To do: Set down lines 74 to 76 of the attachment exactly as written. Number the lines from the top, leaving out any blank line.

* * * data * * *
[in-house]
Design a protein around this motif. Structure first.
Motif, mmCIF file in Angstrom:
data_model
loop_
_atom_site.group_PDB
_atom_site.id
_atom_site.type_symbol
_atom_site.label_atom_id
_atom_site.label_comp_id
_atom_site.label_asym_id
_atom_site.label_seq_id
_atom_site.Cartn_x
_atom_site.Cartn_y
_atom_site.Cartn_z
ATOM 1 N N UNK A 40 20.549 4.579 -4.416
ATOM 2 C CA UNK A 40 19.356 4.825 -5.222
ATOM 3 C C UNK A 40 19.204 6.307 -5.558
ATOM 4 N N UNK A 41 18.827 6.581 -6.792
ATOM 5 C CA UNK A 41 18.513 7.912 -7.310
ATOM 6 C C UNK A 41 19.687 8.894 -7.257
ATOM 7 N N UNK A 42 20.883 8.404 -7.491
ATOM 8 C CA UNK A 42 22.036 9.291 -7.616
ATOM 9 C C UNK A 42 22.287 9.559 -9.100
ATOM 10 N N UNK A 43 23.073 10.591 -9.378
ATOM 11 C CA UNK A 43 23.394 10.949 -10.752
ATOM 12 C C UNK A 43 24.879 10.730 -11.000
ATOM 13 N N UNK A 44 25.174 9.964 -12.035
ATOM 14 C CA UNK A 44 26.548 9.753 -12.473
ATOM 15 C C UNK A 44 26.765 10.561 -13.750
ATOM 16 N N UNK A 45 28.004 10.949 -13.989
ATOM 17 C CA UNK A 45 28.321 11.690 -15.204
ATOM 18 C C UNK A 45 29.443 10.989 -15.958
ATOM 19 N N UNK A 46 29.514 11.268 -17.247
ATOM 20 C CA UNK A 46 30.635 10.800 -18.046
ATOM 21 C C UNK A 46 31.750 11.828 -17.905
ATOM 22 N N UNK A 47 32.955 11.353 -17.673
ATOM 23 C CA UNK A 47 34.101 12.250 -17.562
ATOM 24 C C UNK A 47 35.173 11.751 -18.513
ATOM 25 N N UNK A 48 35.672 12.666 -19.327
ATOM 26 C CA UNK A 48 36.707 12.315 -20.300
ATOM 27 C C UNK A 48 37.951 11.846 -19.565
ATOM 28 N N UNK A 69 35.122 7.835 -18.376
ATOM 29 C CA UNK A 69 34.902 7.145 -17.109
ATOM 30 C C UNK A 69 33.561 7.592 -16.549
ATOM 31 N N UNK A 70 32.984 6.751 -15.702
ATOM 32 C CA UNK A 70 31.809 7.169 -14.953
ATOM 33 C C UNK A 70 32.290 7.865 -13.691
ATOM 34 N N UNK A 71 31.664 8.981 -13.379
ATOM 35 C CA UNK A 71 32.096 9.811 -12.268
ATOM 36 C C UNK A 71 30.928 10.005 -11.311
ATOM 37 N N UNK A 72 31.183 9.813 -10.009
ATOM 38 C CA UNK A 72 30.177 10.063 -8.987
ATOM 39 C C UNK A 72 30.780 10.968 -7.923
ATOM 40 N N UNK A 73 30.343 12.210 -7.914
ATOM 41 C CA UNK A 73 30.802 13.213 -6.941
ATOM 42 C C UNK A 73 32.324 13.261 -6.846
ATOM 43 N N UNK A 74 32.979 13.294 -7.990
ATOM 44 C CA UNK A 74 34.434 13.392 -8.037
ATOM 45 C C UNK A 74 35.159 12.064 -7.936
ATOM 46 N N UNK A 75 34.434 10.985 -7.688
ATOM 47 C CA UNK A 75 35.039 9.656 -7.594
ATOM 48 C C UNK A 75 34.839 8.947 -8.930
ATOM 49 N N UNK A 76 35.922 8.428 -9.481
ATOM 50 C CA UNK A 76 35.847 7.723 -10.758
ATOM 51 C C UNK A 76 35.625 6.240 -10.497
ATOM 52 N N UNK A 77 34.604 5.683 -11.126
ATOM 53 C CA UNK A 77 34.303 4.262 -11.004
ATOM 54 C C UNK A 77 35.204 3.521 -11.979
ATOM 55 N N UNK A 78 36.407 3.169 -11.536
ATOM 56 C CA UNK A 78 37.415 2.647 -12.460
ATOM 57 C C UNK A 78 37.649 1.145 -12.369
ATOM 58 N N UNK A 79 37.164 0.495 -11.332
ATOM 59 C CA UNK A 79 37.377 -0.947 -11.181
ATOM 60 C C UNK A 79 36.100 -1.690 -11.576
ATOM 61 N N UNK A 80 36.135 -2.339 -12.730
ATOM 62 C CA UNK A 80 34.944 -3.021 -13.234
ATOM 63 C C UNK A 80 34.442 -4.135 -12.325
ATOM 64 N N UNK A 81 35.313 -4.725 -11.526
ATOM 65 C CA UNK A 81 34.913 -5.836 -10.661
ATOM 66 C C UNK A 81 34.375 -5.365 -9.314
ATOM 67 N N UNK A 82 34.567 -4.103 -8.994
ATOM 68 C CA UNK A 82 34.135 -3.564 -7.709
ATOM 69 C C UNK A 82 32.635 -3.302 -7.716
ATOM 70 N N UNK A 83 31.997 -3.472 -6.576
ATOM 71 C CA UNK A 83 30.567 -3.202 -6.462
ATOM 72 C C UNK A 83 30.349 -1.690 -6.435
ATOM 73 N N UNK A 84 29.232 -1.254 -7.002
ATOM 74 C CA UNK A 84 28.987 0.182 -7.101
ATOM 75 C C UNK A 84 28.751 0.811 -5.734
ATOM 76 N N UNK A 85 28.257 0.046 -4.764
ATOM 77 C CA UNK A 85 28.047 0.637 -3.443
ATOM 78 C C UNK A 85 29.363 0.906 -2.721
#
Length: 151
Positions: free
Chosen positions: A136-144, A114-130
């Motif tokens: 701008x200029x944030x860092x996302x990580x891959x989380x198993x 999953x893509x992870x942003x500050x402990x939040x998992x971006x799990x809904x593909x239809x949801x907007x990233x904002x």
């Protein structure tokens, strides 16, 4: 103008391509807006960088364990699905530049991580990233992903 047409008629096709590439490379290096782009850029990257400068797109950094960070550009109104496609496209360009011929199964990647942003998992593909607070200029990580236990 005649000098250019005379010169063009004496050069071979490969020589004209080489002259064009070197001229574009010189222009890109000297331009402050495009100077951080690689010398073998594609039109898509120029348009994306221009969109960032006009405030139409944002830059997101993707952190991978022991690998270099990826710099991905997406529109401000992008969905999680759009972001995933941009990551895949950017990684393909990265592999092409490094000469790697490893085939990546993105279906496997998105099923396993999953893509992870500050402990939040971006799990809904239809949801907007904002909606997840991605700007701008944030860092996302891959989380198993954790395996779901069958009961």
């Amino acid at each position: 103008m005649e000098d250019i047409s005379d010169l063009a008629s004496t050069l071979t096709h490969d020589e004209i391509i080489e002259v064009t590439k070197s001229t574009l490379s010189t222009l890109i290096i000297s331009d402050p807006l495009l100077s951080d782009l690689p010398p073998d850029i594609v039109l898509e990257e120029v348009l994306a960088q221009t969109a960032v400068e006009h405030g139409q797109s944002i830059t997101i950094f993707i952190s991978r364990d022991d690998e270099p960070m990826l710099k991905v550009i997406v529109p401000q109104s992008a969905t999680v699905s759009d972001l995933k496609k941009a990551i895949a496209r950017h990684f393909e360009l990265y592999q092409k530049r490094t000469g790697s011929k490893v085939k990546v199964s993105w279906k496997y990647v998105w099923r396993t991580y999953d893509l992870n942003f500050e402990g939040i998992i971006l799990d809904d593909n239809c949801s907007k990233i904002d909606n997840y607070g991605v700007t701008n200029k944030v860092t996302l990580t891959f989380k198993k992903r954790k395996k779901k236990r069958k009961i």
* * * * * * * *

ATOM 59 C CA UNK A 79 37.377 -0.947 -11.181
ATOM 60 C C UNK A 79 36.100 -1.690 -11.576
ATOM 61 N N UNK A 80 36.135 -2.339 -12.730